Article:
POL 471: Issues in Contemporary U.S. Intelligence

3.00 Credits

The conduct of intelligence by the United States is intended to enhance national security but also creates contentious issues for our democracy. This course will allow students to learn from current and former intelligence officials how intelligence is actually collected, analyzed, and used, and how intelligence activities conducted by a free society create challenges and even dilemmas for policymakers and intelligence professionals alike. Examining many of the antecedents behind these contemporary issues, this course will emphasize both continuity and change in intelligence activities. This course is highly recommended for students considering or intending to apply for positions in the US Intelligence Community. This course formally requires POL 260 (Introduction to American Intelligence) as a prerequisite, but exceptions can be granted by the professor.

POL 472: National Security Processes

3.00 Credits

This course will examine the roles of the President, the National Security Council, the Congress, and the Intelligence Community in the formulation and implementation of national security policy. Special attention will be given to the impact of presidential organization of advisory and decision-making processes in shaping national security policy. Case studies will include the 9/11 terrorist attacks, the Iraq Wars of 1991 and 2003, the problems in intelligence gathering and interpretation in the pre-Pearl Harbor (1941), pre-9/11 (2001) and pre-Iraq intervention (2003) cases. Other case studies will include the battle of Midway, the Bay of Pigs, the major decisions on intervention and escalation in Vietnam during Lyndon Johnson's presidency, and the Cuban Missile Crisis of 1962.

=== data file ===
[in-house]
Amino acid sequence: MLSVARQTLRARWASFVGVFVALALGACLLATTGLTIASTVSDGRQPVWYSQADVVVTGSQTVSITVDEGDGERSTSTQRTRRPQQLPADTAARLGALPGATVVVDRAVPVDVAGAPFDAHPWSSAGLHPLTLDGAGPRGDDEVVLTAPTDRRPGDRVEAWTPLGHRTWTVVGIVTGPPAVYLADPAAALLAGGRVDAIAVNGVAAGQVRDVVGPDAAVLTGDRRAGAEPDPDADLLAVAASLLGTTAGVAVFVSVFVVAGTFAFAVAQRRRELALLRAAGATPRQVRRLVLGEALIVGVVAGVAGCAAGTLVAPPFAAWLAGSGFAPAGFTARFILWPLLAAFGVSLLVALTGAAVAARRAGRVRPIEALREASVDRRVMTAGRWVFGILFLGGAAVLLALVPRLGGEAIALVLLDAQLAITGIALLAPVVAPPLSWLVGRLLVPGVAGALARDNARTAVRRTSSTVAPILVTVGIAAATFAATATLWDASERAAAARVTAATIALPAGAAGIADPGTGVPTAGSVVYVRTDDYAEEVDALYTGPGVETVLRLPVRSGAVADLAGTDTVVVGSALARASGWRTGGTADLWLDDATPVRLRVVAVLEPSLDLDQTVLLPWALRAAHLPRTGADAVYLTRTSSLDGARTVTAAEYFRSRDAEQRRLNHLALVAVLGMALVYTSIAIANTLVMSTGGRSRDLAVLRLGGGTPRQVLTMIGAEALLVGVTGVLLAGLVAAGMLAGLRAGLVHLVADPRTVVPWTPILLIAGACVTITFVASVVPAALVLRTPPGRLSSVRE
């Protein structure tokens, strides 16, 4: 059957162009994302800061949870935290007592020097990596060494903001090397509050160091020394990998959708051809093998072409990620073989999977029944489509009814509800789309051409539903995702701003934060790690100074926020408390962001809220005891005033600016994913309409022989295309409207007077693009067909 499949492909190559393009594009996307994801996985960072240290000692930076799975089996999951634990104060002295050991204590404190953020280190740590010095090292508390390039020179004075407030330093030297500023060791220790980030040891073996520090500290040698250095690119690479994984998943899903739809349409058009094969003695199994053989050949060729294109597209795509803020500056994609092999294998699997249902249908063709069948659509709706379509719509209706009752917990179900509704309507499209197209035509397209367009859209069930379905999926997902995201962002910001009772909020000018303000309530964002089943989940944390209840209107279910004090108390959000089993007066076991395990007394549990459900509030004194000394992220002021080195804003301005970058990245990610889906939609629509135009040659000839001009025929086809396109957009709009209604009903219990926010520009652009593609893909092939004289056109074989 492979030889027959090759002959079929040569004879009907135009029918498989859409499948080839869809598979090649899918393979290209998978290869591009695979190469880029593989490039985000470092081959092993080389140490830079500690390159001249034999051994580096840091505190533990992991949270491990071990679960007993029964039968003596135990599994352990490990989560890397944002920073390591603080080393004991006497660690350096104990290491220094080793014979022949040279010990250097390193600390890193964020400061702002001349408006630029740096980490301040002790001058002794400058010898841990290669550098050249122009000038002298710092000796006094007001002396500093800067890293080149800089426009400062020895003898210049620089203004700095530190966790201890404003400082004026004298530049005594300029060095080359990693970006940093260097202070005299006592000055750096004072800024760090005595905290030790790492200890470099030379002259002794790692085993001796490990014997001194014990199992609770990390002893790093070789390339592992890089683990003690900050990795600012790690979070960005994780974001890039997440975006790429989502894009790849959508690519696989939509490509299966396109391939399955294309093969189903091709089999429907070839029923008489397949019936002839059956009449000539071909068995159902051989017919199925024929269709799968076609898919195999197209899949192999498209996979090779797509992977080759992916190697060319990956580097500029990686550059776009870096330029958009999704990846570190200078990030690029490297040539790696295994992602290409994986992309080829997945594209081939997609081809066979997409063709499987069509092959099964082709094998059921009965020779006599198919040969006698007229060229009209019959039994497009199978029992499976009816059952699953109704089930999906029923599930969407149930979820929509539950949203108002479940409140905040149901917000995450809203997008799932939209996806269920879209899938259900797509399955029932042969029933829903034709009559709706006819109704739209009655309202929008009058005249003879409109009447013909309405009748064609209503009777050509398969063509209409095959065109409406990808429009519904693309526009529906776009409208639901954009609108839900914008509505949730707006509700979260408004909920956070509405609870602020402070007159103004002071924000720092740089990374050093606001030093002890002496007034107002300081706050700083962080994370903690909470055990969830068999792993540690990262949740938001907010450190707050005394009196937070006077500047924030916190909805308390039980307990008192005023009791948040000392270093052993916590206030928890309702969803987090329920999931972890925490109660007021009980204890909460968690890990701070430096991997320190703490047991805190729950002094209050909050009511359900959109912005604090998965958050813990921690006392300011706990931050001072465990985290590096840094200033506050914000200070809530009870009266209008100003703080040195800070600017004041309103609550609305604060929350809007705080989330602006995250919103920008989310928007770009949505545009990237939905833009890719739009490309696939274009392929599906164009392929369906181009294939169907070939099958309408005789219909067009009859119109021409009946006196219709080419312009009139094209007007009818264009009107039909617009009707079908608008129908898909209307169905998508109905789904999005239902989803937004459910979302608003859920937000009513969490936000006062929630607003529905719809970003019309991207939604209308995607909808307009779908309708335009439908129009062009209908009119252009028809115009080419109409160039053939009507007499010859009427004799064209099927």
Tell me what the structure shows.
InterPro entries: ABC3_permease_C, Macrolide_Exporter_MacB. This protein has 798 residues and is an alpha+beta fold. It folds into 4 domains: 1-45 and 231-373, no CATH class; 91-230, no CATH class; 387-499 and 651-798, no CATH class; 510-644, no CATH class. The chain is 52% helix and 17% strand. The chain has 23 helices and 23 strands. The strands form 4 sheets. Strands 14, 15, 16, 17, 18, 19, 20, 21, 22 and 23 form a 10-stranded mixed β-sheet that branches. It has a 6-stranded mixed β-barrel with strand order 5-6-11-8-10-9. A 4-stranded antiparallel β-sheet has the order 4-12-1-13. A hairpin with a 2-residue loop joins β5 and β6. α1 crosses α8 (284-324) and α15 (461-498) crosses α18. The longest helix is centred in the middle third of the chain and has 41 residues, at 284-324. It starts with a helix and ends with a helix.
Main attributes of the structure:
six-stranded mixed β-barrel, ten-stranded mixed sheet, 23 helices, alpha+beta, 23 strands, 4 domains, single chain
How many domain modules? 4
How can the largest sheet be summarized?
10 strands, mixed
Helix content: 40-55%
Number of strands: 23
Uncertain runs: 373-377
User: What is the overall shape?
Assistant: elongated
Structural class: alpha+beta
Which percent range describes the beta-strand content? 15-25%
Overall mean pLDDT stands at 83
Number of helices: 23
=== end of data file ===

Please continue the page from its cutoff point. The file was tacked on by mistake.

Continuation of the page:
POL 473: International Political Economy

3.00 Credits

no description available

POL 474: Topics in International Political Economy

3.00 Credits

no description available

POL 475: Advanced Special Topics in Politics

3.00 Credits

Fall 2015: The goal of this course is to develop the capacity to engage critically on political issues. There will be short articles and excerpts that will be read closely in order to appreciate their substantive points and argumentative structure, and to become familiar with fundamental ways of thinking about politics, society and the person. The emphasis will be on the preparation and presentation of reasoned arguments by students, and the ability to self-critique and critique others in a constructive fashion. Students at any level of studies should benefit from the course.

POL 476: Politics and Literature

3.00 Credits

Comedy as Critique: This course will address the serious lightness of comic texts that drew out the most embarrassing, unexpected, and unacknowledged defects of the regimes from which they came. Authors include Aristophanes, Voltaire, Krzhizanovsky, Kafka, Delillo.

POL 477: Political Theory of the American Framing

3.00 Credits

no description available

POL 478: Environmental Politics

3.00 Credits

This undergraduate course will introduce students to some of the major problems and issues in environmental politics and policy, and to the different national and theoretical perspectives by which these issues are viewed.

POL 479: Advanced Topics in Public Law

3.00 Credits

no description available

POL 480: Critical Political Theory

3.00 Credits

no description available

POL 492: Undergraduate Directed Readings

3.00 Credits

no description available

POL 494: Undergraduate Independent Study

3.00 Credits

no description available

POL 495A: Congressional Internship

3.00 Credits

A combination of lectures, discussions, and internships arranged for students in congressional offices and committees.